- Keep scoring simple: Complicated scoring may force players to review the rules repeatedly, or worse, may confuse and discourage them. Players are not learning if they don’t comprehend the game or cease playing.
- Link scoring to learning outcomes: The goal of a learning game is to teach rather than to amuse. The scoring algorithms aren’t well-designed if expert gameplay allows players to win without learning. Similarly, success should not be overly reliant on luck. Players must succeed, advance, or otherwise, prosper in the game.
- Make scoring transparent: If the rules aren’t appropriately described in an introductory tutorial, rule book, or explanation screen, players will become confused or frustrated and leave the game.
- Include some variety: Games in which everyone gets the same score can get monotonous. Instead, provide additional points for answering more difficult questions or hitting targets in say shooting games that require more precision, finishing levels faster, or submitting accurate answers with fewer attempts. Multiple players can learn this, but they won’t all get the same score.
- Don’t put too much emphasis on winning: Losing might demotivate players. You face the danger of demotivating anyone who loses if you build a competitive game. You may avoid this issue by focusing on learning rather than winning. Better create a cooperative game rather than a competitive one. Because players work together to achieve a common goal, cooperative games do not have victors and losers.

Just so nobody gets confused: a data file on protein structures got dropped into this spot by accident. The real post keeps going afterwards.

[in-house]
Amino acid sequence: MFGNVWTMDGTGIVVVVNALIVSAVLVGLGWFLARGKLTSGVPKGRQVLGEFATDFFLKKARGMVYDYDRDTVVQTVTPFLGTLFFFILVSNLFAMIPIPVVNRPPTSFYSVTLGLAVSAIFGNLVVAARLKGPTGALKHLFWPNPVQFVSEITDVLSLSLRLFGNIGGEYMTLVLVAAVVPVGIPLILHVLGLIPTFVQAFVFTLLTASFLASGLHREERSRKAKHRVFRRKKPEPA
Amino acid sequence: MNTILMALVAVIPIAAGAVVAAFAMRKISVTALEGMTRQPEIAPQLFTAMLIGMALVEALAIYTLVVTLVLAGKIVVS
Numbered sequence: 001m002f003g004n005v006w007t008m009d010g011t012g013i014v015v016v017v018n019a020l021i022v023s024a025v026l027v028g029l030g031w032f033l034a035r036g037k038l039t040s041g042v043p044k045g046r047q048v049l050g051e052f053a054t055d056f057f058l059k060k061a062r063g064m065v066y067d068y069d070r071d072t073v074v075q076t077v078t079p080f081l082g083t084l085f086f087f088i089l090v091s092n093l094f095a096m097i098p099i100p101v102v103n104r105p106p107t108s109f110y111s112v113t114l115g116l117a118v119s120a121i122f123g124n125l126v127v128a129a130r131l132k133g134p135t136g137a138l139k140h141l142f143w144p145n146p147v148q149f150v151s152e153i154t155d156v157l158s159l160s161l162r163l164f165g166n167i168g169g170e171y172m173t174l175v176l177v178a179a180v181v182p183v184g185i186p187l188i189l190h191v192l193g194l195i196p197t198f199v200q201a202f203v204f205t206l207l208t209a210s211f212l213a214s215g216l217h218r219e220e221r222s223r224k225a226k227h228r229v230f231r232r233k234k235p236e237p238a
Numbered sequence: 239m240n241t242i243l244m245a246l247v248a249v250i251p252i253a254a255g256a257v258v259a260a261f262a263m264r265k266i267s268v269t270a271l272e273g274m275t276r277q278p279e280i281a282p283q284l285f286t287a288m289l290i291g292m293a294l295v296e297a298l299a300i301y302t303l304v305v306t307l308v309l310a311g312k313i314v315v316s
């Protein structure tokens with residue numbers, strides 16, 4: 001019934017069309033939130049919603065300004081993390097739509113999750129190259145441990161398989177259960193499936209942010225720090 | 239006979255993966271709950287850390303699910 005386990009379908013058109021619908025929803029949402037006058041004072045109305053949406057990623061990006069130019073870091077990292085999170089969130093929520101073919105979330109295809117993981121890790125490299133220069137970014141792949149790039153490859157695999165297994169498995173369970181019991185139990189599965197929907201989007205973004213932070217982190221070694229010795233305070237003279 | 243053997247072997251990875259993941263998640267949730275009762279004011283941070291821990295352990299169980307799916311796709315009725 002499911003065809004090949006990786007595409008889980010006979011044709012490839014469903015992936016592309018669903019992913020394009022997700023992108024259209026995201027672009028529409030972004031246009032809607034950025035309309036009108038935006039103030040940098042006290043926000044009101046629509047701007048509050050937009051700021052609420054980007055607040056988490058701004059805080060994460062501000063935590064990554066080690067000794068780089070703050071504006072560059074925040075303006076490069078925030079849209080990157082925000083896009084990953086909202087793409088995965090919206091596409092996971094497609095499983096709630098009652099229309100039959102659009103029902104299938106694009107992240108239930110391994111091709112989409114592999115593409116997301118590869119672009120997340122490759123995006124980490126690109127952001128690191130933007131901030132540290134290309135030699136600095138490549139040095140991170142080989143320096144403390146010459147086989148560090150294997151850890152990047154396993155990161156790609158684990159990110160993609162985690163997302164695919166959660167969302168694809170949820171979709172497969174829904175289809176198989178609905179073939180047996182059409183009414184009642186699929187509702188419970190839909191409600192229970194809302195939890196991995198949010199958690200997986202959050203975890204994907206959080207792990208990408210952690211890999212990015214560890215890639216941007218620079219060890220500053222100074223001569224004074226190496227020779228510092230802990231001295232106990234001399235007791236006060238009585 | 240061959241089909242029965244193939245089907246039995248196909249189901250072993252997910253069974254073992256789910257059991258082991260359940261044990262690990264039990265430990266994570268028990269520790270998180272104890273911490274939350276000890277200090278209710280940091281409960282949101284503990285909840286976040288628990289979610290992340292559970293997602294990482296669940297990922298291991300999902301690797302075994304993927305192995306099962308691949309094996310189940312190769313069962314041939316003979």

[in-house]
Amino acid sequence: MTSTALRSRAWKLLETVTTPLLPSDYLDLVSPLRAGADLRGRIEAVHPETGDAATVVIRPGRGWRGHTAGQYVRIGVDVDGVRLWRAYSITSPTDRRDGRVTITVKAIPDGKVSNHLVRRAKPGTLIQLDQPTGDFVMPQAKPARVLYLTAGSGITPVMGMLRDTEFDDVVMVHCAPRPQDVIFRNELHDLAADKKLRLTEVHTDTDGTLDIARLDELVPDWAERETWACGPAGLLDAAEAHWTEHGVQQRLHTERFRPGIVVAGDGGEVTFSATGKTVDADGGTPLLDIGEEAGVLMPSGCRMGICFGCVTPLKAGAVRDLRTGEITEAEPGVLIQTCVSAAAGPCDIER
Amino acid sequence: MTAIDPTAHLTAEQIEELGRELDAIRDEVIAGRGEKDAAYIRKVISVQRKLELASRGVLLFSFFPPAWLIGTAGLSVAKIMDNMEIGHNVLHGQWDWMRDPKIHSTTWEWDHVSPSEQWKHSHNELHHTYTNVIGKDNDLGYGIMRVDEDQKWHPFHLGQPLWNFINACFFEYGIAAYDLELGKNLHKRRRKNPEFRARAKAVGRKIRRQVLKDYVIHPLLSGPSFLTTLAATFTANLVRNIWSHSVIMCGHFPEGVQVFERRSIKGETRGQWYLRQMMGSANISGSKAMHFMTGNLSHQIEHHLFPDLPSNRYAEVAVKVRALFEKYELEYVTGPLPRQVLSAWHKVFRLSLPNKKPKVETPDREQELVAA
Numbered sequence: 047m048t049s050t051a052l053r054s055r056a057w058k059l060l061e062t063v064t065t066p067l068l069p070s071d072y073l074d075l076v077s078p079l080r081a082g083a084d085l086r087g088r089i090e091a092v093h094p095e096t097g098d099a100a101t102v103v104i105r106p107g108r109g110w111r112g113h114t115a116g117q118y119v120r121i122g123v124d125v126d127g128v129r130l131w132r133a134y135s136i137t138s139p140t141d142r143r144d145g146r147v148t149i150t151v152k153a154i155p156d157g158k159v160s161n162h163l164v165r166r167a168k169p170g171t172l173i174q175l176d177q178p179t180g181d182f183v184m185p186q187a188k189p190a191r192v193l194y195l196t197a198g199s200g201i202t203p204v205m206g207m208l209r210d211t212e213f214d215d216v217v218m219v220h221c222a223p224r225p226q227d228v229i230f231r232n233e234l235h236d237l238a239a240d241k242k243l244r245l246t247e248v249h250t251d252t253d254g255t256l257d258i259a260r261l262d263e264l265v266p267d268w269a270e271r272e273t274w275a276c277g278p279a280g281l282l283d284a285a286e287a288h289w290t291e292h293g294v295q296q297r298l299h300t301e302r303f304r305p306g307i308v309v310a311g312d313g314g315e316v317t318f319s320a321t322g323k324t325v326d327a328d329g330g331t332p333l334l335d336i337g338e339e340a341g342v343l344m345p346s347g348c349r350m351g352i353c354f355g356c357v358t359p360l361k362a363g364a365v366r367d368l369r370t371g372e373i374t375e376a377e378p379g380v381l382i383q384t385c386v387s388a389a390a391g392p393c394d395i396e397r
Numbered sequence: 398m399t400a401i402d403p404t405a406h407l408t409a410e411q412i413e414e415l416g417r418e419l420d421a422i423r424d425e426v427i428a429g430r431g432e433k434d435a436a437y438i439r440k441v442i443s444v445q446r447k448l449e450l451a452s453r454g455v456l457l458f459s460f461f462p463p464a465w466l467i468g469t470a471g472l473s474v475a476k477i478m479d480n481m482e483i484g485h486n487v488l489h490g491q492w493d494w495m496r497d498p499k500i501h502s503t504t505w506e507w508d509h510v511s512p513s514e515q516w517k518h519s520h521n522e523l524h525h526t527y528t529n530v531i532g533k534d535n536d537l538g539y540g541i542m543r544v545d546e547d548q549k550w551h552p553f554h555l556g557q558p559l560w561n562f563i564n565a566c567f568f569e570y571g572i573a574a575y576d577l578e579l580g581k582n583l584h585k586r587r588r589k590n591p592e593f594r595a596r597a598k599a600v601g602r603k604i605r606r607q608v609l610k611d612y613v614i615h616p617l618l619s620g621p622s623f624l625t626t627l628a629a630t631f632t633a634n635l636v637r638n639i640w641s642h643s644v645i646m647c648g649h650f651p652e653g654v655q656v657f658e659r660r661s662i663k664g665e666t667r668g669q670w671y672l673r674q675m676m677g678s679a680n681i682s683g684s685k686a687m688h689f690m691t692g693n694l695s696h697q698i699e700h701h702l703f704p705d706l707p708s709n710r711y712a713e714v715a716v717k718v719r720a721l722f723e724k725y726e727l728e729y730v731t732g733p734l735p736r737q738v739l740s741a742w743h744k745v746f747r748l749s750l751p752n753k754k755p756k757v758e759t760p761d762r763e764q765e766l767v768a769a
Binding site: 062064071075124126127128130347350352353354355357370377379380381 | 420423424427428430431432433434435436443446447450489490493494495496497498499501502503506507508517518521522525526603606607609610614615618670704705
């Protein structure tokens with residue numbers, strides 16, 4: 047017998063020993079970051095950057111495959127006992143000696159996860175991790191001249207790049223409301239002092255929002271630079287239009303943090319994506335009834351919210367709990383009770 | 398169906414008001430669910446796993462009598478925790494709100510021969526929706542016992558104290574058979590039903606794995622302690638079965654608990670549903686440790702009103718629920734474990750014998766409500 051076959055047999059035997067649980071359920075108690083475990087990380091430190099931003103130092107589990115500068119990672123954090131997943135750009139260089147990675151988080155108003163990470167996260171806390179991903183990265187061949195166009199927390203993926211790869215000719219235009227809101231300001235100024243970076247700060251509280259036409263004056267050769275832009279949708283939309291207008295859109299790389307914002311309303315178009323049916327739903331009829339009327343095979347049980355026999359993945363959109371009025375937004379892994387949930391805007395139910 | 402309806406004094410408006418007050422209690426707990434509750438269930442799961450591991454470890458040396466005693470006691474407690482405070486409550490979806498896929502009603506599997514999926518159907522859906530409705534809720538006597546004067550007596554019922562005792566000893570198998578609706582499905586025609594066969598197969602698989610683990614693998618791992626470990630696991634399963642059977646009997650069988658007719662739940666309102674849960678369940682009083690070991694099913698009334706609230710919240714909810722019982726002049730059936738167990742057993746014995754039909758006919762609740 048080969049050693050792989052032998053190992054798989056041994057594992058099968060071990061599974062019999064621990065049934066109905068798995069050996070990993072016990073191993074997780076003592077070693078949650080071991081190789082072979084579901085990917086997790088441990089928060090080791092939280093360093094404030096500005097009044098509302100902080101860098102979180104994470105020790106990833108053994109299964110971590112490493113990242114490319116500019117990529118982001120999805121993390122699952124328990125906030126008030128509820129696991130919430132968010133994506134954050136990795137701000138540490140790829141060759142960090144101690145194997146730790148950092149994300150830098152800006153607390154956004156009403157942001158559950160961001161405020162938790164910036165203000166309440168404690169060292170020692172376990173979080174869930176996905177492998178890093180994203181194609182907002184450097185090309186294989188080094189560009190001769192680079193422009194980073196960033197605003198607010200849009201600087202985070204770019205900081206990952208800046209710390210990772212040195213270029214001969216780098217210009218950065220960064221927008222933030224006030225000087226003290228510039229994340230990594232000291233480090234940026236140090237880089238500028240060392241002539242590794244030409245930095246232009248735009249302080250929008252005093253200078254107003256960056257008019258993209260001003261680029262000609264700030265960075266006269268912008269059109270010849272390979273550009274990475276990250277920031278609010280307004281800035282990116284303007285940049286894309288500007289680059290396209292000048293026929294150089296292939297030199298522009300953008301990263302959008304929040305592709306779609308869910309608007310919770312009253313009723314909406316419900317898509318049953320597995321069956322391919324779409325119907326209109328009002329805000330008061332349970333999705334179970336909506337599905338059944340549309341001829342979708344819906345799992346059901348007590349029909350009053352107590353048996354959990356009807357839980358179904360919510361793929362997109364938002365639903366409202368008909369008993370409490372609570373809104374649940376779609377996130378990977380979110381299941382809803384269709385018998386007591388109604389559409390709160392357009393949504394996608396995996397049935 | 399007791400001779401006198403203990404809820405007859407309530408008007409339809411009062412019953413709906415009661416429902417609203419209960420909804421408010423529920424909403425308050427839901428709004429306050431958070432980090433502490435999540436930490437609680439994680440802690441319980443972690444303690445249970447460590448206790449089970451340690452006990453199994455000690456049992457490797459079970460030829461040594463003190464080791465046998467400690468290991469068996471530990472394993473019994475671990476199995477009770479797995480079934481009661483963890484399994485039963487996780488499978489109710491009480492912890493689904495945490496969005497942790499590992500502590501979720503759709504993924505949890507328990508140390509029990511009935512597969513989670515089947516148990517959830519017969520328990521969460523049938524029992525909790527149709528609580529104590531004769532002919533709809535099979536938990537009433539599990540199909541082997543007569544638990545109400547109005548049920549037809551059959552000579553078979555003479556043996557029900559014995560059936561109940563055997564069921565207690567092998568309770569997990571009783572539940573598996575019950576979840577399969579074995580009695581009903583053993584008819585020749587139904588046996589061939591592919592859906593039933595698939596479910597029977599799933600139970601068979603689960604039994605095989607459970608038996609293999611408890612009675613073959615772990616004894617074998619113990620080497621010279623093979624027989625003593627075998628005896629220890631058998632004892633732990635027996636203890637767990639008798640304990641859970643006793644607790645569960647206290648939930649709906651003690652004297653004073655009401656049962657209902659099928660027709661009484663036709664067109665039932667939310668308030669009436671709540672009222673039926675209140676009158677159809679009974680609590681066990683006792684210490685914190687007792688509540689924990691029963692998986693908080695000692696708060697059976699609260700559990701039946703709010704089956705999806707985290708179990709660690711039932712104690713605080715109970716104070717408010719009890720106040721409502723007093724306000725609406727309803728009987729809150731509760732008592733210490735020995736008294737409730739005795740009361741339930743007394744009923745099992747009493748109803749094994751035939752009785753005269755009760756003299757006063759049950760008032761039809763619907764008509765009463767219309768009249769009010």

Examples of ‘Scoring’
You’ll also want game scoring systems. A well-designed and entertaining game will employ them to allow players to score in a few different ways.
- Earning points: in-game cash, bonus points
- Levelling up: entails achieving new game levels, increasing the degree of difficulty, and earning avatar abilities.
- Acquiring recognition: badges, awards, and titles
- Adding new content: new quests, new questions, and new learning objectives
Competition vs Cooperation
Cooperative games provide a fresh perspective on gaming. In traditional competitive games, only one player can win and the others lose. Different structures apply to cooperative games. Players do not compete against one another in cooperative games. Instead, they share a similar purpose, and they all win or lose together. Many learners spend many hours each week playing video games with their fellows. Peer connections and relationships may be influenced by how they play games.
Competitive and cooperative play have different consequences on aggressiveness, prosocial behaviour, empathy, and trust, according to research.
Playing a competitive game can have negative impacts on relationship quality. Furthermore, the manner of play affects the participants’ conduct during the game, with the cooperative condition exhibiting more positive, and less negative, and hierarchical behaviour. Cooperative games are also inclusive since no one is left out. To be a valuable member of the team, you don’t have to be the brightest, best-looking, most aggressive, most popular, most athletic, most talkative, or luckiest player. It is in everyone’s best interests if each player feels valued and gives their utmost. This can help promote group cohesion when members come from different backgrounds or have different social statuses.
In short, game designers need to consider many aspects to develop a game that hooks the players and encourages them to continue playing. They need to come up with a solid story and score system and consider both the complex interplay between the urge to compete and win, and the potential benefits of more collaborative modes of play.